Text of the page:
April 15, 2013

This Tax Day, Don't Forget the Singles

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The U.S. government regularly and routinely discriminates against fifty percent of our population: single people. I am joining a group of other single bloggers today - Tax Day - to bring awareness to the discrimination that singles face. Some of the most egregious examples of Marital Status Discrimination occur in Income Tax, IRAs, and Social Security laws, which all largely favor married people. A single person (not living as part of a couple) ALWAYS pays more in income taxes on the exact same taxable income as a married couple who file jointly.

Did you know that our federal code alone contains over 1,000 laws where marital status is a factor, and in most cases single people lose out. According to Onely.org's calculations, a single person earning $80,000/year could easily spend a million dollars more than his or her married peer over the course of a lifetime, based on only a few of the most discriminatory laws. The New York Times reported that fifty one percent of women are now living without spouse so these laws gravely affect women who are still making less money than men for the same work.

As a single woman who has no desire to wed, I am quite outraged by this. Although I am happy to live in a progressive city like Manhattan where I am free to earn my own income, live alone and not rely on a man. There is still stigmatism towards being single after a certain age. By now, you've probably heard about this Princeton alumna, Susan A. Patton, who basically told a conference of young girls that they need to find a husband before graduating college. I shouldn't be shocked that in 2013 that there is still this thought process. Even in New York, where women are not frowned upon for pursuing their career before a family. There is still a deadline. Your biological clock. It is more accepted to be single and in your 30s but once your 35th birthday hits, your open-minded friends start to shift their opinions. It is still a foreign concept for most people when I tell them I don't want to be married. "Oh, but eventually you would, right?" Why? Being someone's wife doesn't define me. And I don't want to have to marry someone for the tax breaks. (Put that in the vows)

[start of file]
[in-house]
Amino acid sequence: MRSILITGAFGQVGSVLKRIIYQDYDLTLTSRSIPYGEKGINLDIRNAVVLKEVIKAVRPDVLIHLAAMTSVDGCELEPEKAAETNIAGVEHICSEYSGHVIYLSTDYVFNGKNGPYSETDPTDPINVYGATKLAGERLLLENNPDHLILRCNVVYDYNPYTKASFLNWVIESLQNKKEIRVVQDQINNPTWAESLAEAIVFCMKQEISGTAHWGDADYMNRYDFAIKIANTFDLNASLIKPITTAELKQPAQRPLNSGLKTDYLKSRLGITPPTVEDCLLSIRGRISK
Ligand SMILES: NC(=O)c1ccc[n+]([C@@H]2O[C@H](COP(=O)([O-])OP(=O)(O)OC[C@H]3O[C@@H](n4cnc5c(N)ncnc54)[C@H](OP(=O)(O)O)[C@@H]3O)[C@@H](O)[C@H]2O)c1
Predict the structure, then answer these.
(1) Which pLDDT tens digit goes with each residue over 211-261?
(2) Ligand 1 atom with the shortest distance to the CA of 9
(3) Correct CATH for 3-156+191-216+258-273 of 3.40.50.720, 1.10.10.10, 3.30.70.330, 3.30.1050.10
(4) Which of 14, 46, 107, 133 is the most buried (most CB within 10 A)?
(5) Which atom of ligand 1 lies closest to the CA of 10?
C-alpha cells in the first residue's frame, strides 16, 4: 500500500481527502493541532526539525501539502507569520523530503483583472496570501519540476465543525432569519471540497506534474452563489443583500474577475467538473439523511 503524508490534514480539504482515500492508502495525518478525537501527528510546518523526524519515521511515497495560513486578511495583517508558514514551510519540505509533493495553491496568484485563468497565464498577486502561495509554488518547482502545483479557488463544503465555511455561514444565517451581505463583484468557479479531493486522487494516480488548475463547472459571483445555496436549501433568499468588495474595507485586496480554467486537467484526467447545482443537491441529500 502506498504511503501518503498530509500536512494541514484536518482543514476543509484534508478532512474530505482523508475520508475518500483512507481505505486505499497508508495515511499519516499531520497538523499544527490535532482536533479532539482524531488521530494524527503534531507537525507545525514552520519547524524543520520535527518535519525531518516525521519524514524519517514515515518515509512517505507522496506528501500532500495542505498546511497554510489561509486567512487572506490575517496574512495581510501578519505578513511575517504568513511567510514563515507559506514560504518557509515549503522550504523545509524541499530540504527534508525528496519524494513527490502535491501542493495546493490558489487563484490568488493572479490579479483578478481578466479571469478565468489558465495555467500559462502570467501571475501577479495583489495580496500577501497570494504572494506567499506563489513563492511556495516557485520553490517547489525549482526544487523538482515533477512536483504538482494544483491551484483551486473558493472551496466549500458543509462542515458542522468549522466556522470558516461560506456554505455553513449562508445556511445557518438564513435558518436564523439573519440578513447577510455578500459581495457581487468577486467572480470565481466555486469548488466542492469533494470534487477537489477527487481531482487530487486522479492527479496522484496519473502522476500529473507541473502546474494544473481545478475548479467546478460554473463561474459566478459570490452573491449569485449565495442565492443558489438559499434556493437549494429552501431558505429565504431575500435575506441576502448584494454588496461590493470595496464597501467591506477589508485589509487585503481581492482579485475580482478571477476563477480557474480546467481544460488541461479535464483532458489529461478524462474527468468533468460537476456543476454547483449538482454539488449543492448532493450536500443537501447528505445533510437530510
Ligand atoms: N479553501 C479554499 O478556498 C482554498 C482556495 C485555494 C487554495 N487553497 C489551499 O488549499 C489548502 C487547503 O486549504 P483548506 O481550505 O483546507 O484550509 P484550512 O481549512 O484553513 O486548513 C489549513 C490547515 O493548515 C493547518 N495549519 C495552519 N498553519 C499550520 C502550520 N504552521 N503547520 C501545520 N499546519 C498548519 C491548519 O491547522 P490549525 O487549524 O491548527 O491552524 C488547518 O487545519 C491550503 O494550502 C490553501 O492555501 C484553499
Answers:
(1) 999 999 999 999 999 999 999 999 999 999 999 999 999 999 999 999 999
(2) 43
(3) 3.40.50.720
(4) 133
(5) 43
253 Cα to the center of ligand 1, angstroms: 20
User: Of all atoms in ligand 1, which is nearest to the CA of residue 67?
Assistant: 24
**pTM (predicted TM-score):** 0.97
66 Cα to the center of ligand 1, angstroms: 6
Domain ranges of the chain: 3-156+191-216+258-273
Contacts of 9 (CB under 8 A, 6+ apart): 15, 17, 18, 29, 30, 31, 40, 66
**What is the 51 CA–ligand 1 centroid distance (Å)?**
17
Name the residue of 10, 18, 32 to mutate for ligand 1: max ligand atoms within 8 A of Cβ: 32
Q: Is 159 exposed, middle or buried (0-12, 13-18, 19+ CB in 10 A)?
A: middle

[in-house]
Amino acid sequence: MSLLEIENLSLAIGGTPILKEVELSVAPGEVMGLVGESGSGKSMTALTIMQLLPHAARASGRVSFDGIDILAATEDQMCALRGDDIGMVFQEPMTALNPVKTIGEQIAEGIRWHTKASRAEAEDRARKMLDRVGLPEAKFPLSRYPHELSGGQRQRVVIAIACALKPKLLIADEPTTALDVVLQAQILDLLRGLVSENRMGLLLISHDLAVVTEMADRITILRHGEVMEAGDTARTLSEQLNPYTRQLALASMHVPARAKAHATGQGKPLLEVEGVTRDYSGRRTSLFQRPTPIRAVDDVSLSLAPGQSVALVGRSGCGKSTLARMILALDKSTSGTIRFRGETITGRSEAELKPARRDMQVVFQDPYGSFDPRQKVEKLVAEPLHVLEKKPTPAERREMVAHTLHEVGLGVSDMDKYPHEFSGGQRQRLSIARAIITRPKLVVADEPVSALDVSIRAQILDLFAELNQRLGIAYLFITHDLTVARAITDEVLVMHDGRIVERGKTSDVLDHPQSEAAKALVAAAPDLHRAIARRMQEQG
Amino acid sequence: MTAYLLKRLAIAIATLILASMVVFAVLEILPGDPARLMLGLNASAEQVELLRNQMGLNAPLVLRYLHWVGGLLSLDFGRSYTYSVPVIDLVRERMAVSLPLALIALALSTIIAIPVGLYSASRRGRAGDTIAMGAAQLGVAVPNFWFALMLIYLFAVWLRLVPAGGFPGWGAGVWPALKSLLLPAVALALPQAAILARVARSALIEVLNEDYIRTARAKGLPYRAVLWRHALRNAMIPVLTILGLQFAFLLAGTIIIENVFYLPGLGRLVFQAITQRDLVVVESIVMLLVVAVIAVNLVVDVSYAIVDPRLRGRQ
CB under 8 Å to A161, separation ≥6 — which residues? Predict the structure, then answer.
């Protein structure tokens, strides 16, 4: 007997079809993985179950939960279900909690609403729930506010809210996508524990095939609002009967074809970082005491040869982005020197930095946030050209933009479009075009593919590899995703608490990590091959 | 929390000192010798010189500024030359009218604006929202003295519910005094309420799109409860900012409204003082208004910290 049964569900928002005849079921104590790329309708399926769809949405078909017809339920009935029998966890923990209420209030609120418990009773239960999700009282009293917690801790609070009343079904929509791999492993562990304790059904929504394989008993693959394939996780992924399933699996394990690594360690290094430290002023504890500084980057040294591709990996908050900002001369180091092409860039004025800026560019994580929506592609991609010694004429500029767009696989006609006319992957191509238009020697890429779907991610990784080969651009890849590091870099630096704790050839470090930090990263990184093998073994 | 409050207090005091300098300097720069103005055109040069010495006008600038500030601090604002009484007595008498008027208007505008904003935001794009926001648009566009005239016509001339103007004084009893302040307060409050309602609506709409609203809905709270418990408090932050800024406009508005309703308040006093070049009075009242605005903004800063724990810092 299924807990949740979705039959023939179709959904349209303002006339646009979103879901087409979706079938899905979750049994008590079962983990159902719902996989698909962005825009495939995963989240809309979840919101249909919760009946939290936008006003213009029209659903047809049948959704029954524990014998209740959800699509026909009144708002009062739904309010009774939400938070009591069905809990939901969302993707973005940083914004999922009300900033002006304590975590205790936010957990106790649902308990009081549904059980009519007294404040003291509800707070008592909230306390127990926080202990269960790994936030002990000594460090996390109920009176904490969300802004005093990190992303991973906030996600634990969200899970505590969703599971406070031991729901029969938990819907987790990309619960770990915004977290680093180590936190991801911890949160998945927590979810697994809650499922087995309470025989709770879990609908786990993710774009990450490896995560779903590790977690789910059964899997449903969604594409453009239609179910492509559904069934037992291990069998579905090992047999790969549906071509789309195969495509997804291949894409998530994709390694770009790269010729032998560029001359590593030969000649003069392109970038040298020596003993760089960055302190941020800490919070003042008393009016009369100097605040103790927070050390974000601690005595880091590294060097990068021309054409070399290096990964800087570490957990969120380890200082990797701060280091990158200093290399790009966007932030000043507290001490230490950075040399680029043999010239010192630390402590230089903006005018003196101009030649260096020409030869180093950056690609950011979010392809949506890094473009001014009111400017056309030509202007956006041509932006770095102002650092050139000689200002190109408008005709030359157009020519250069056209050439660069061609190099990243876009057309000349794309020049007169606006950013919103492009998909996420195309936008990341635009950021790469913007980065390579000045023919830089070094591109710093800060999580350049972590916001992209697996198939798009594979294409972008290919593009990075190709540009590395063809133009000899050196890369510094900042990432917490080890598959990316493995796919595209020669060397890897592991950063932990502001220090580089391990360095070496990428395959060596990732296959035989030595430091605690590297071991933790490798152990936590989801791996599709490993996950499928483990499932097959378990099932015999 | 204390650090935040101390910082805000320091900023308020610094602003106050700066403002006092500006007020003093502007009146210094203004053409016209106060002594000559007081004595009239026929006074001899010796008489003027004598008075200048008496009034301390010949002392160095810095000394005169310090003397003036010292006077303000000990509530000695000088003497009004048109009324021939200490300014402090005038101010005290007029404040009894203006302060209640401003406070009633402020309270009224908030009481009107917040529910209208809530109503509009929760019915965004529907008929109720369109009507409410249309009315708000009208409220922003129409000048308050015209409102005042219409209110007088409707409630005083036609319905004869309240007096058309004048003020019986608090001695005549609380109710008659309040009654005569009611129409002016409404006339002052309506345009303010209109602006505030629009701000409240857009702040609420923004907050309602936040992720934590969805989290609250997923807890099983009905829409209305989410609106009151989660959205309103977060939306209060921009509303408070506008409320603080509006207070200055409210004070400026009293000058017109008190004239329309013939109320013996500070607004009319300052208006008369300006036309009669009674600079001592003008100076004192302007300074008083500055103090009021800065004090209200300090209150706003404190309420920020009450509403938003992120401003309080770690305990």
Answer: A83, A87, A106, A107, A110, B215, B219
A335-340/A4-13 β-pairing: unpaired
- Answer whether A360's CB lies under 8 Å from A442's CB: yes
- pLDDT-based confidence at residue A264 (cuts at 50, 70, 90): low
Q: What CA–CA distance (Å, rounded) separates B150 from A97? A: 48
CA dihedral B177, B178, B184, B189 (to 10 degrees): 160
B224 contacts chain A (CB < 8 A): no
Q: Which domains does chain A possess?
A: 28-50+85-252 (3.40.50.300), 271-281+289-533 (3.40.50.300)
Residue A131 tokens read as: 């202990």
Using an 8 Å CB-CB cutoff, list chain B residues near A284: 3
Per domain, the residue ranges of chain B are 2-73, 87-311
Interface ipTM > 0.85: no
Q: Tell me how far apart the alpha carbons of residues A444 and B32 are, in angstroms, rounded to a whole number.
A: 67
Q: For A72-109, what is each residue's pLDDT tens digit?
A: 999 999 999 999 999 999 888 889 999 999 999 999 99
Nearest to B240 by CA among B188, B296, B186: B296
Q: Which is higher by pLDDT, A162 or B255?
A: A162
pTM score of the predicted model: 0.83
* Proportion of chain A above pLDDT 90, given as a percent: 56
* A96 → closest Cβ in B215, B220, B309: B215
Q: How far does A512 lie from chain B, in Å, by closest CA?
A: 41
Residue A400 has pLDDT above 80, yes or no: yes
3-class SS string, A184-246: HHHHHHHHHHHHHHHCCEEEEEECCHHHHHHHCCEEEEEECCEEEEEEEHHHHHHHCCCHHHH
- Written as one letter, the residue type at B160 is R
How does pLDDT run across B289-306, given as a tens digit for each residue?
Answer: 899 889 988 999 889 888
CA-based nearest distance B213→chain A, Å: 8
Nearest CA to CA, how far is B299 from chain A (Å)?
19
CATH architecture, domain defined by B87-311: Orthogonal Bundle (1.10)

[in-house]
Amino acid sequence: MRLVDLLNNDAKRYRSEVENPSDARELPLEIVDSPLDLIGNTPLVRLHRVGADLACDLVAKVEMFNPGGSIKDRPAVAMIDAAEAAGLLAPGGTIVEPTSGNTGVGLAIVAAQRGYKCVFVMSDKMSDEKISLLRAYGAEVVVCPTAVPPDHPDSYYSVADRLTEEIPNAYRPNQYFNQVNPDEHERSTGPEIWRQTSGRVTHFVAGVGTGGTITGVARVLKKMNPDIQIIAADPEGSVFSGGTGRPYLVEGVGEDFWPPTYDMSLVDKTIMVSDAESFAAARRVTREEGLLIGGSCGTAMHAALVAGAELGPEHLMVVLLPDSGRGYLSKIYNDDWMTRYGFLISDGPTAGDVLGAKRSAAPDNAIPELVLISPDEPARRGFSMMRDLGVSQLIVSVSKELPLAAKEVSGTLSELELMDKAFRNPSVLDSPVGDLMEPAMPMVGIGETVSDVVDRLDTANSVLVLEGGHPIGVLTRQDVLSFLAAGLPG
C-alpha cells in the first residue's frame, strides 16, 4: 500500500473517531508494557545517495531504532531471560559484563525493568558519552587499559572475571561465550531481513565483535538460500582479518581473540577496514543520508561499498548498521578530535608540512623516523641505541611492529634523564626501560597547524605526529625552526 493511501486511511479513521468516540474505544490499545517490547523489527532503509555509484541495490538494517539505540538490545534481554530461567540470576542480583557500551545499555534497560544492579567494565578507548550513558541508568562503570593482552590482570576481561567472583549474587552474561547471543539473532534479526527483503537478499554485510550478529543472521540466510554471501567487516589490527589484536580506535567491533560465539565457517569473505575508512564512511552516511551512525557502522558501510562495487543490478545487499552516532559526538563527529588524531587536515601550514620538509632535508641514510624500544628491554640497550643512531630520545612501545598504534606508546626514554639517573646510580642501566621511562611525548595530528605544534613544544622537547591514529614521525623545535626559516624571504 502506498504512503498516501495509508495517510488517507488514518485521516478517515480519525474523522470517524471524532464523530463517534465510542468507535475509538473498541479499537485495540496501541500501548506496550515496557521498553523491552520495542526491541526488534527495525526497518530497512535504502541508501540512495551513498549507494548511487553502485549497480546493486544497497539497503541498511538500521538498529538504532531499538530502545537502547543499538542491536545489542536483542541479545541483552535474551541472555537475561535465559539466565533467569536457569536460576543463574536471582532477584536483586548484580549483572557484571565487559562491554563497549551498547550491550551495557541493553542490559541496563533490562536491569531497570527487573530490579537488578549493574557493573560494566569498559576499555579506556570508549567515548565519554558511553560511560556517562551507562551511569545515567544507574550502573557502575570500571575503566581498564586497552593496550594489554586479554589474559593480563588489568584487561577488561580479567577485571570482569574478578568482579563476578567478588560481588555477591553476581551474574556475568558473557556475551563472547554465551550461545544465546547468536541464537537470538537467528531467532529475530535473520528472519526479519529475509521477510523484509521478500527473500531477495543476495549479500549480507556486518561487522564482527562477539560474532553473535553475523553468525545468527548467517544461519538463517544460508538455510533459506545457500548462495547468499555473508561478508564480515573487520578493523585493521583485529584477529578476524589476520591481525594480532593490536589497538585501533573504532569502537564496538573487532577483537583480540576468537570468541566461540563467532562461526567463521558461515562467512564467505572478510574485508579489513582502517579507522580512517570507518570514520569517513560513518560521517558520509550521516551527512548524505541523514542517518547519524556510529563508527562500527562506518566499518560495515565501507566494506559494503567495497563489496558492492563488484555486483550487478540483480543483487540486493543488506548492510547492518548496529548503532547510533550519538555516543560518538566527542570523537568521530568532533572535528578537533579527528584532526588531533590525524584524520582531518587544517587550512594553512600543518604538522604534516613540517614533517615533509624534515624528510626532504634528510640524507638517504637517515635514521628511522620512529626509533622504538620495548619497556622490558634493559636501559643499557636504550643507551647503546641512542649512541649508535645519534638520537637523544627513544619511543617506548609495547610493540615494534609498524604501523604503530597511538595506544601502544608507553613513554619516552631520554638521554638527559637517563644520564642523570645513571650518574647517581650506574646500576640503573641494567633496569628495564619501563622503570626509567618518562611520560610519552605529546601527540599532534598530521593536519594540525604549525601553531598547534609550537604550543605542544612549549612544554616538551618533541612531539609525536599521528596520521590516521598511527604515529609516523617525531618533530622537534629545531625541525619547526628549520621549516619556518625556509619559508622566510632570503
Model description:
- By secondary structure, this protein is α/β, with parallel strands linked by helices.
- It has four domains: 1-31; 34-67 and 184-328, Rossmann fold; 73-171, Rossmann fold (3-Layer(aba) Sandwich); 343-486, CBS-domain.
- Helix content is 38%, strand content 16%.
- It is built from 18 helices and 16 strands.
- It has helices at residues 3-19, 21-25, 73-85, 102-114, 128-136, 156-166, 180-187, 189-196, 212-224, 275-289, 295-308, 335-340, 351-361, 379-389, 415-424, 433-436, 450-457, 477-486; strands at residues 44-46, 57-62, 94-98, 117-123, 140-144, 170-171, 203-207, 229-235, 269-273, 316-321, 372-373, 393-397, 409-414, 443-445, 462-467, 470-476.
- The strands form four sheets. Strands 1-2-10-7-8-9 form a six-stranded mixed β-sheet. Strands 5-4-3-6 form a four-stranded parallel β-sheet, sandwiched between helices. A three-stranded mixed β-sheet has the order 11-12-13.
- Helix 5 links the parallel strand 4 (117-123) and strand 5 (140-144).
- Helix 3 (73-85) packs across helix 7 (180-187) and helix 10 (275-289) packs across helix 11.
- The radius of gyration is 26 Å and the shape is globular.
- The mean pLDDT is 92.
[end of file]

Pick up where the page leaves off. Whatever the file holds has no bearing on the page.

"The United States is one of the few developed countries to retain the joint income tax return, available for heterosexual married couples only" explains Lily Kahng, who served three years as attorney advisor in the Office of Tax Legislative Counsel in the U. S. Department of the Treasury. (Source) To me it seems like the U.S.'s tax code is stuck in bygone era. It's 2013. Laws need to be changed to reflect the current status quo. As Bob Dylan said "the times they are a-changin'!"

To read more about this topic check out The Atlantic's article.

4 comments:

  1. I completely agree with you! While I agree with same sex marriage in a legal sense, when everyone was/is getting all up in arms about equal rights, I often wonder why the single people don't start a movement themselves(because homosexual people are maybe 5% (depending on where you look) of the population, and single people are around half). There should be no tax favor one way or another with how people choose to live.

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  2. Wow this is fascinating and outrageous, not to mention totally unfair! I wonder what the situation is here in Australia? Hopefully not the same! :)

    life-etcblog.blogspot.com.au

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  3. Hmm I'm not sure. It did say that the US was the only developed country with these laws so I hope not!

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